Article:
One of the more obvious problems with economic regulation is the law of unintended consequences. You can end up with results that are the opposite of those intended. What happens when product liability is strengthen in a world where production is vertical and crosses jurisdictional lines? If goods are produced by an upstream national or international firm and improved or distributed by local firms downstream does a strengthening of product liability have unintended consequences on product sales and consumer safety? This question is asked in a new NBER working paper, Unintended Consequences of Products Liability: Evidence from the Pharmaceutical Market by Eric Helland, Darius Lakdawalla, Anup Malani and Seth A. Seabury. The paper’s abstract reads,
In a complex economy, production is vertical and crosses jurisdictional lines. Goods are often produced by an upstream national or global firm and improved or distributed by local firms downstream. In this context, heightened products liability may have unintended consequences on product sales and consumer safety. Conventional wisdom holds that an increase in tort liability on the upstream firm will cause that firm to (weakly) increase investment in safety or disclosure. However, this may fail in the real-world, where upstream firms operate in many jurisdictions, so that the actions of a single jurisdiction may not be significant enough to influence upstream firm behavior. Even worse, if liability is shared between upstream and downstream firms, higher upstream liability may mechanically decrease liability of the downstream distributor and encourage more reckless behavior by the downstream firm. In this manner, higher upstream liability may perversely increase the sales of a risky good. We demonstrate this phenomenon in the context of the pharmaceutical market. We show that higher products liability on upstream pharmaceutical manufacturers reduces the liability faced by downstream doctors, who respond by prescribing more drugs than before.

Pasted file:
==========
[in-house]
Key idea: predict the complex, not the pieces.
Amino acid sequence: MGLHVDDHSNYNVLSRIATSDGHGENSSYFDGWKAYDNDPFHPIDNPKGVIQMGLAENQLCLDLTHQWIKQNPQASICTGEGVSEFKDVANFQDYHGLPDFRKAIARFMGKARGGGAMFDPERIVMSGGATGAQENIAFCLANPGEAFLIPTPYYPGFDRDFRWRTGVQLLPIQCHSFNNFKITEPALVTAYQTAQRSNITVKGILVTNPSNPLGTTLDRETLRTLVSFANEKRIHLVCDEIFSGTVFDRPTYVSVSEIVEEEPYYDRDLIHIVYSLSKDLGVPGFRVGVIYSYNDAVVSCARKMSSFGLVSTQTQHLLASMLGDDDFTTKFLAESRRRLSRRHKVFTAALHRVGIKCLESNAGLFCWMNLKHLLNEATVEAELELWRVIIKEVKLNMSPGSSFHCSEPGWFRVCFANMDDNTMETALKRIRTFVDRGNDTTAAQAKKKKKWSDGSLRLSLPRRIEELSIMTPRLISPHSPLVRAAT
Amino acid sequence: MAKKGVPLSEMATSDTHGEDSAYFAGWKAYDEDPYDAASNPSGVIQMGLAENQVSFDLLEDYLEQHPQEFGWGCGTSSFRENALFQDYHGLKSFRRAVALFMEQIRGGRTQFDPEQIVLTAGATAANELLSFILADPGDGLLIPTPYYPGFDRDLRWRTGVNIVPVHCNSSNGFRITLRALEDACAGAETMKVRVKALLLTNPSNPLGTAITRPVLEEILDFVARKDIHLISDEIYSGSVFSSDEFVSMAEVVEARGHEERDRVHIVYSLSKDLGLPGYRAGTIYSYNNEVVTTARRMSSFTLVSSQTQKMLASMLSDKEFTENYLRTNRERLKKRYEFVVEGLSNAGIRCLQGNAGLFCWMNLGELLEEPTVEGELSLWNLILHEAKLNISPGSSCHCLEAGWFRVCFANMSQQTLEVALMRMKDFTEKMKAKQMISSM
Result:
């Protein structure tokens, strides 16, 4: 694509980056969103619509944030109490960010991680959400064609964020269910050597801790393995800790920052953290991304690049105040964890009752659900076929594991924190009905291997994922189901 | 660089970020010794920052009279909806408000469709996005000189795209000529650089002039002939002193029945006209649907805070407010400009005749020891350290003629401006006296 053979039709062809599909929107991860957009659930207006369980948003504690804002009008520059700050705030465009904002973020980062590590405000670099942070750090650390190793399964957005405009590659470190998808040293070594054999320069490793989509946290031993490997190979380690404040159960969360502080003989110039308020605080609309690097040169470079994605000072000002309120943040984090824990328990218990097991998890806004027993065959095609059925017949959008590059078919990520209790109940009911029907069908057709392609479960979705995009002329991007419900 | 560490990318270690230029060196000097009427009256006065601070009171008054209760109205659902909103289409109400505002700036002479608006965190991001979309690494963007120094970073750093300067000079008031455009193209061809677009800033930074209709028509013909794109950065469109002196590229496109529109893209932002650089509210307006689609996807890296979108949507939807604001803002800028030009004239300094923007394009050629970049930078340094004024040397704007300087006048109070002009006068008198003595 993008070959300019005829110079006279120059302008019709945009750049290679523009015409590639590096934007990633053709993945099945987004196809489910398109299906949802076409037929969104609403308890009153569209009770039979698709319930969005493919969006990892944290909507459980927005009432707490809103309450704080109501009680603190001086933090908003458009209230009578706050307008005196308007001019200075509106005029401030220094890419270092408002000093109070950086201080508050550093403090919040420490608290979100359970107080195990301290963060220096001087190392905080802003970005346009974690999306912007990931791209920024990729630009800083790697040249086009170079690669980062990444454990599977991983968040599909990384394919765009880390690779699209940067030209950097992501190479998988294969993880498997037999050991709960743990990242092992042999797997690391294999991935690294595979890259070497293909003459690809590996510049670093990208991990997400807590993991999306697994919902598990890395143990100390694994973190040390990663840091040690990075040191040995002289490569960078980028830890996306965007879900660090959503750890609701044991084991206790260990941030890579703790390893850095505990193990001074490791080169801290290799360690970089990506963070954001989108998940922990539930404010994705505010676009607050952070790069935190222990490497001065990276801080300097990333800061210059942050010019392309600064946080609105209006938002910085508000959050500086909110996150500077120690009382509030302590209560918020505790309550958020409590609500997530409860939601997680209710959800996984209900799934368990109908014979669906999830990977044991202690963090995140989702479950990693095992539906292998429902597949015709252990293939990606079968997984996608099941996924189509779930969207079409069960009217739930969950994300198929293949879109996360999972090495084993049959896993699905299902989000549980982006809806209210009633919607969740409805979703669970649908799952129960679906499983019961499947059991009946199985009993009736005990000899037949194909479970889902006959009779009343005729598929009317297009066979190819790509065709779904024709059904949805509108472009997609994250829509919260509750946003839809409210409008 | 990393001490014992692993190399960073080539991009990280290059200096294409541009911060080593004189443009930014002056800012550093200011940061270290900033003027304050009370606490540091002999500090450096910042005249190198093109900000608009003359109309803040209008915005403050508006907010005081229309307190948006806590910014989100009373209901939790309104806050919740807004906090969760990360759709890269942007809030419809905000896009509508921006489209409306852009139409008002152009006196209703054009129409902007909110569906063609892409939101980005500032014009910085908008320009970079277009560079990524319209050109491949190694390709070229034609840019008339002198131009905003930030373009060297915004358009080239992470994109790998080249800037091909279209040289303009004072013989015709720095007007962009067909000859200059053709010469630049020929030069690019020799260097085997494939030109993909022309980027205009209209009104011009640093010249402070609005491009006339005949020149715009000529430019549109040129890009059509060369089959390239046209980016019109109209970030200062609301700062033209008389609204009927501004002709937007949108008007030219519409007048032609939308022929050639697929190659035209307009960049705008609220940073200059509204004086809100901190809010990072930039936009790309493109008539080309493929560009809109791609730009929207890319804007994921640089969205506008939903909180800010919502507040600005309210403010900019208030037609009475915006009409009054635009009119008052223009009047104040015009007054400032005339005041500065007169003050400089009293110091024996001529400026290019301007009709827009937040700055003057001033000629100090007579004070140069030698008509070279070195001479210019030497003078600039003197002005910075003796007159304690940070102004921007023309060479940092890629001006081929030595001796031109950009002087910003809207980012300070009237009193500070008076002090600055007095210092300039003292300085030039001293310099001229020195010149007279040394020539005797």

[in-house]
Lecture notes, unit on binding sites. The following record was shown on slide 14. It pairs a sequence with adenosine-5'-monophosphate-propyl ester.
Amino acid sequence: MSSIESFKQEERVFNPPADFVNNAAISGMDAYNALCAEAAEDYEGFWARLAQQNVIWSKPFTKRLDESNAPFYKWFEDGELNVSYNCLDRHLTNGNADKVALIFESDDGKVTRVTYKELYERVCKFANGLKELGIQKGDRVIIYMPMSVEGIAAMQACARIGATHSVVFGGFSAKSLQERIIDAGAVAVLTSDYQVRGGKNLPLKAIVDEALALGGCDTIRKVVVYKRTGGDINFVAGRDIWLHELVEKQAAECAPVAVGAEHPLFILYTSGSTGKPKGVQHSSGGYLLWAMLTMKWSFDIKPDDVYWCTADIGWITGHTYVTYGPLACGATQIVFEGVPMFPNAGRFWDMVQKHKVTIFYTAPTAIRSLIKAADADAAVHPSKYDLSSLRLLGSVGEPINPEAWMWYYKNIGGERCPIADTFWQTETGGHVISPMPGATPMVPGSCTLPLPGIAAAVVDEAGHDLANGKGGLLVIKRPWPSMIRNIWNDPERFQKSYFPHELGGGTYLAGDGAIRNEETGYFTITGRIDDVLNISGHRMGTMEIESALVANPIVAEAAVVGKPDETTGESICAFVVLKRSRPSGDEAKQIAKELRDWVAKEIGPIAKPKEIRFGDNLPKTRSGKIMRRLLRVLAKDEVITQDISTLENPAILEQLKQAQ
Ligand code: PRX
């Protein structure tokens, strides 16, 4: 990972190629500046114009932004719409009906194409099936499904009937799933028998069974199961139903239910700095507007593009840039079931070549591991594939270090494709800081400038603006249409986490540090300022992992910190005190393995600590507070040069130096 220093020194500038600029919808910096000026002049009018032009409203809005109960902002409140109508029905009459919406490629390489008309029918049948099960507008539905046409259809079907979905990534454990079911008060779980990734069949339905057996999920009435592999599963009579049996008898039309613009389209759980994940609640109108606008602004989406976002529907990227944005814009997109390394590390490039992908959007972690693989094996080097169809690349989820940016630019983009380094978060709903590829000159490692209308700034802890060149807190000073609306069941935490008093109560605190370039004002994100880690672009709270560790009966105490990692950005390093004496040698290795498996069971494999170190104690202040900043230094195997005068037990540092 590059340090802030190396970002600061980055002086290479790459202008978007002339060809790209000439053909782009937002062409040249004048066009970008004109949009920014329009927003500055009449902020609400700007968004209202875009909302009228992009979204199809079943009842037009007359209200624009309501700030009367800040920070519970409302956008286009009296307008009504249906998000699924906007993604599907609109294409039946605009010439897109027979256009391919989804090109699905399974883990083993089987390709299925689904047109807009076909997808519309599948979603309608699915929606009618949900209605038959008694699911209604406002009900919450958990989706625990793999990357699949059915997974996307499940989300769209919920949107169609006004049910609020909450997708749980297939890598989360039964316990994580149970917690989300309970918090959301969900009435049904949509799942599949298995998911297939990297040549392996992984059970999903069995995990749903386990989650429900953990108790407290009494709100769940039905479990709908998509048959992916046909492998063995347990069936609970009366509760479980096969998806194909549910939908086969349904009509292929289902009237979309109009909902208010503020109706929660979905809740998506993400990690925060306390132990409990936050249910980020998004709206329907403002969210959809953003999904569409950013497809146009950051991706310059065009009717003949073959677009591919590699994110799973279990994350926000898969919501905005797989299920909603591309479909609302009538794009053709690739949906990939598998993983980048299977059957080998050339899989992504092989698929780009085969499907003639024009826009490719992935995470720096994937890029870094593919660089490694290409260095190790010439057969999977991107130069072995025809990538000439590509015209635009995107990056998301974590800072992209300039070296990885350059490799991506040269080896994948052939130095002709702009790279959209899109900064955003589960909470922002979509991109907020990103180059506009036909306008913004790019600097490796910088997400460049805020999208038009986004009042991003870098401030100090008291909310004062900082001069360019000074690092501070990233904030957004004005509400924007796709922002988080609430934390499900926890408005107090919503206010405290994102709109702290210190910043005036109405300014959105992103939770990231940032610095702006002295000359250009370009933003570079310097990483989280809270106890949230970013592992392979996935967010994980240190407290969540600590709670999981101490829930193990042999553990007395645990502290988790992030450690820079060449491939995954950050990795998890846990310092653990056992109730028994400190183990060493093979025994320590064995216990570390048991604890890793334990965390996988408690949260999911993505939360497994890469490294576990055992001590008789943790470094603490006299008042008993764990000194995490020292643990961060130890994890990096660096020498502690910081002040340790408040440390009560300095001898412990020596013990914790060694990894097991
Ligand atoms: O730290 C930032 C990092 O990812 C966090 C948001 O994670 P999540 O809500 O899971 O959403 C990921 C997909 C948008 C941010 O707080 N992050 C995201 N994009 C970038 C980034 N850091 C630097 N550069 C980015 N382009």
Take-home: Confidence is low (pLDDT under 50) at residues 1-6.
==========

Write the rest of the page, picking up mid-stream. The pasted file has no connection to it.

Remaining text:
So when liability is increased on the upstream firm we can see greater risks being taken by the downstream firm and an increase in the sales of a risky good, which it seems fair to assume is not the intended outcome of an increase in product liability.